• Advicor (lovastatin/niacin extended-release)

  • Simcor (simvastatin/niacin extended-release)

  • Vytorin (simvastatin/ezetimibe)

What is generic Lipitor?

Some prescription medications are sold under both a brand name and their chemical name, also known as the generic version. When a company develops a drug, they get a patent on the active chemical component—but these patents can expire. As soon as a patent expires, a generic form of the medication can be approved by the U.S. Food and Drug Administration (FDA) for sale. That’s what happened with Lipitor. Generic Lipitor is governed by the same rules the FDA has for all generic drugs: it has to have the same active ingredient as Lipitor (in this case atorvastatin calcium), as well as the same strength, dosage form, and route of administration (in this case, a pill taken by mouth). Whoever makes the generic version of a drug has to prove to the FDA prior to approval that it’s the same as the brand-name drug (FDA, 2018).

Simply put, brand-name Lipitor and generic atorvastatin are the same medication, and, because of that, each is just as safe and effective as the other. Lipitor is made by Pfizer and generic Lipitor, which was first available in November 2011, is made by many different companies.

The efficacy of generic drugs has also been tested in studies. There was no difference in health or outcomes between patients on Lipitor and those taking generic atorvastatin in one study that looked at people who had been hospitalized for heart attacks (Jackevicius, 2016). A 2017 study compared Lipitor to generic drugs with the same formulation in patients with hyperlipidemia and found the same to be true. Generic atorvastatin was just as effective as Lipitor at lowering triglycerides, total cholesterol, and LDL cholesterol (Loch, 2017).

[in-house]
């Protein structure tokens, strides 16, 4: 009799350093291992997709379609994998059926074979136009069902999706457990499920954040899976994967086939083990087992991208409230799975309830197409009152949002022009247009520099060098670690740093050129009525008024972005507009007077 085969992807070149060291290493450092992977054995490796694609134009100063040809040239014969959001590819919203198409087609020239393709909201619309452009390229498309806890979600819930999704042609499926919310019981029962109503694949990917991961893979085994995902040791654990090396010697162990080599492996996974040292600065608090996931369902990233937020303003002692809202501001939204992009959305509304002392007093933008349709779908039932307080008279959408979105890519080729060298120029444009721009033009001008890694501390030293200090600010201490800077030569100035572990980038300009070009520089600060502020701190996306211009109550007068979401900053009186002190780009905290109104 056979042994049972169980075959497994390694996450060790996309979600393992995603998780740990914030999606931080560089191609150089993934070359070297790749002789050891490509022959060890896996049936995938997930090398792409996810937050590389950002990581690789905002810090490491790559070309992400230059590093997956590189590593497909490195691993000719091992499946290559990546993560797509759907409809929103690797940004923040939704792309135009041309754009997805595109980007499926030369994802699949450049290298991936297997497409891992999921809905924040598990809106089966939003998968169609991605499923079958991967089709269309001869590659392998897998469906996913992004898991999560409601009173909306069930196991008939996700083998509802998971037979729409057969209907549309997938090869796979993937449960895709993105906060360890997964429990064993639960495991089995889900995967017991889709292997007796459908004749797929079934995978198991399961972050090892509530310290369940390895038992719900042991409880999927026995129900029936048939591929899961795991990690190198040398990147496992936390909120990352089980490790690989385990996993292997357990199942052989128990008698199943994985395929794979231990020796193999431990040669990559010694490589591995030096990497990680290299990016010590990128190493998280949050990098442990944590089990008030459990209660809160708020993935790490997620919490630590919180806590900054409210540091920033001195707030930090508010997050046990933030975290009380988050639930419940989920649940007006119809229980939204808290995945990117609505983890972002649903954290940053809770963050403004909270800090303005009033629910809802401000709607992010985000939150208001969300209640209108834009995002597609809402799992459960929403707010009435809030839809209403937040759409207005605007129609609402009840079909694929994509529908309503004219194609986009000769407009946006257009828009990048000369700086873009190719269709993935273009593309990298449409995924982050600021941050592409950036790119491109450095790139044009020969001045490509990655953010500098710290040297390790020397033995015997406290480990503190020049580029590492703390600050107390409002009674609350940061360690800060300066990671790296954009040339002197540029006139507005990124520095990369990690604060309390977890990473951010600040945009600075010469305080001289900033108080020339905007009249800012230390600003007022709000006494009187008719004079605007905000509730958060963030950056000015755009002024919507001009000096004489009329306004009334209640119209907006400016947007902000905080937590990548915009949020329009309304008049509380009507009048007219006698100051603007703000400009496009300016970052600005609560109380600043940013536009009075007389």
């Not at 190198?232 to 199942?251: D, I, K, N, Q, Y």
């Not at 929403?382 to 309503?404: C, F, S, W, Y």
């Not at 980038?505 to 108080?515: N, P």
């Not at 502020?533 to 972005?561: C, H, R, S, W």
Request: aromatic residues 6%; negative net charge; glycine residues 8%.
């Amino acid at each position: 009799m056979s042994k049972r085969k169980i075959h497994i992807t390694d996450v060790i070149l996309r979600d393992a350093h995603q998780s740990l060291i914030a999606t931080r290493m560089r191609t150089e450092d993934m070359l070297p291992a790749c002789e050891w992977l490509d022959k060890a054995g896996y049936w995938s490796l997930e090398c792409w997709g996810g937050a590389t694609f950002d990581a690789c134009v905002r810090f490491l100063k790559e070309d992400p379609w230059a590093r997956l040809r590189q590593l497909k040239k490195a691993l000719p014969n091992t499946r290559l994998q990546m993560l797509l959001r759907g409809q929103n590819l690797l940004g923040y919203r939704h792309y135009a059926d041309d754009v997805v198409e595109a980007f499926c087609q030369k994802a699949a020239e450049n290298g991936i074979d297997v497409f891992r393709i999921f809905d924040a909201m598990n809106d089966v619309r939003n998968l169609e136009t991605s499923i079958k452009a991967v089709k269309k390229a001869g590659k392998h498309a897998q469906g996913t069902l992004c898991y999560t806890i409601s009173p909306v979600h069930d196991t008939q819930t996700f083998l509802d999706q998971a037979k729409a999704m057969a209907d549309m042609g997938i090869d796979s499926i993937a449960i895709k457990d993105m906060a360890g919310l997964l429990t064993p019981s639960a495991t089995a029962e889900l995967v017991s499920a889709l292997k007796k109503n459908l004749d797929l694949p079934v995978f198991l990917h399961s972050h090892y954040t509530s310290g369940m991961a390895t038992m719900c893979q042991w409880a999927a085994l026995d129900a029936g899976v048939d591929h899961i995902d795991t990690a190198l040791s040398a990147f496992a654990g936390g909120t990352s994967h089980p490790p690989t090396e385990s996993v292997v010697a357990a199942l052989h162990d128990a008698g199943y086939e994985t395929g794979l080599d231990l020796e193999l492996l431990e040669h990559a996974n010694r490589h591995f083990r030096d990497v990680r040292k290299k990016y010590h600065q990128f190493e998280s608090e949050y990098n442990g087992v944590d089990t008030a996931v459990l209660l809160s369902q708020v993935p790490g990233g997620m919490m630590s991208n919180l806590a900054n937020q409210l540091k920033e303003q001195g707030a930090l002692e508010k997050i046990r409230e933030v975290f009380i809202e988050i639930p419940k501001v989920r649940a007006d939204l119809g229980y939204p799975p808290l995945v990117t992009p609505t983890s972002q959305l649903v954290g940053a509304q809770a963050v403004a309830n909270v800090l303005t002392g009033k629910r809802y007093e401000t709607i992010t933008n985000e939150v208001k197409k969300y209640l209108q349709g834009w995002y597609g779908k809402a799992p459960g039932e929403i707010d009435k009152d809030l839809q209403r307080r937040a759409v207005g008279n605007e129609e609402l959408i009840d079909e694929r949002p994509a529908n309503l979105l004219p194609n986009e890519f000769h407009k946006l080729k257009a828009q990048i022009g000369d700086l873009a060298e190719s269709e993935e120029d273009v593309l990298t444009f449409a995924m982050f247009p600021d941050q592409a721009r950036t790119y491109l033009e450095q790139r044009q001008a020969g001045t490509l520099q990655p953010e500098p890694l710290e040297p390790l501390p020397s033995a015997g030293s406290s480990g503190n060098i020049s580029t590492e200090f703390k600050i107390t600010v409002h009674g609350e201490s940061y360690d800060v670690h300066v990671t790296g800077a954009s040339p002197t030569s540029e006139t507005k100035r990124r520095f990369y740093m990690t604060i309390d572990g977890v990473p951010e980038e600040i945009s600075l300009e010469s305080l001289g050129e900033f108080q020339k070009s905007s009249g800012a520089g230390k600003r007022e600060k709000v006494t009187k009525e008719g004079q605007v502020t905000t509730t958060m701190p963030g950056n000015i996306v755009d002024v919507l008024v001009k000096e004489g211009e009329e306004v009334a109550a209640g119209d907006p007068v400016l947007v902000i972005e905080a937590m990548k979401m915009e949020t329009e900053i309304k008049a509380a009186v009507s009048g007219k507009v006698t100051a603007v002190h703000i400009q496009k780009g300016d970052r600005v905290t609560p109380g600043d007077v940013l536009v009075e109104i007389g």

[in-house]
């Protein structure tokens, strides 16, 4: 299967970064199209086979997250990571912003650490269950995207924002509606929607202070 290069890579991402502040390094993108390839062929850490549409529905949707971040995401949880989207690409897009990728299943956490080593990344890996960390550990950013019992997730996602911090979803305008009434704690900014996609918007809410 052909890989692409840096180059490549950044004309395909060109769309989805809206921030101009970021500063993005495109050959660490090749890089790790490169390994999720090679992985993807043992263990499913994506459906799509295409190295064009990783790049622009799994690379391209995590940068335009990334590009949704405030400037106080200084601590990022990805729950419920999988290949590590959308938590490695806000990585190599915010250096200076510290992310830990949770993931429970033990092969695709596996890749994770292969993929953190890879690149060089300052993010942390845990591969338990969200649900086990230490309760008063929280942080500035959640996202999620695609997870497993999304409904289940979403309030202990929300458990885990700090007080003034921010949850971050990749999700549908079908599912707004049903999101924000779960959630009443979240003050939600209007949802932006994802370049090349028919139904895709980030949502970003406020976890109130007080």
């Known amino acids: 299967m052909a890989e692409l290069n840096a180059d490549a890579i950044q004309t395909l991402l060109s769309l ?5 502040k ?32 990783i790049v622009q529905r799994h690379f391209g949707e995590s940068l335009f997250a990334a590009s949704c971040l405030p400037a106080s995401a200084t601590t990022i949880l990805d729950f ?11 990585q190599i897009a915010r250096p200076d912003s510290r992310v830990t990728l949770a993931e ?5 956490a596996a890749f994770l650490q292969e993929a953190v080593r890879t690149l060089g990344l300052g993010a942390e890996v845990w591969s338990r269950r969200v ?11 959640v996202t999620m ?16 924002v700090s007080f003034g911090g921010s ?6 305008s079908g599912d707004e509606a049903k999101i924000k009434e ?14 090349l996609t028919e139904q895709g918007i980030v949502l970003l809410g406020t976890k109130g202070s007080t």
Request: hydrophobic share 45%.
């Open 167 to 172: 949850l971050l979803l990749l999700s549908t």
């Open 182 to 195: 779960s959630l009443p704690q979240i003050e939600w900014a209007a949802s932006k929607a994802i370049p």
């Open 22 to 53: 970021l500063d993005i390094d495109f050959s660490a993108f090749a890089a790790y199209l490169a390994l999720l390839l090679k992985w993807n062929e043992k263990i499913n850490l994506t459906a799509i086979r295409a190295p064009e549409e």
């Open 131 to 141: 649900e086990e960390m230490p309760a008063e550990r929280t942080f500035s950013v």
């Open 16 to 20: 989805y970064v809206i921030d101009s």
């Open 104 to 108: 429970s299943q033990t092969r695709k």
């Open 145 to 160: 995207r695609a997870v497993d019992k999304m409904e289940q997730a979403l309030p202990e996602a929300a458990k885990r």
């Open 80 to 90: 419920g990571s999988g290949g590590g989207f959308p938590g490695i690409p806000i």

It should be noted, though, that generic drugs come with the same potential side effects as their brand-name counterparts. For generic Lipitor, that includes rhabdomyolysis/muscle problems, liver damage, increased blood sugar, digestive upset, joint pain or muscle pain, tiredness, neurological effects, and memory loss.

Reasons for switching from Lipitor to generic Lipitor

People generally switch between these statin drugs for two reasons: the price difference or their health insurance coverage. Generic drugs are generally cheaper than prescription drugs. Health insurance may cover part of your prescription cost, but the copay on a generic form of a drug is still generally lower than that of brand-name drugs.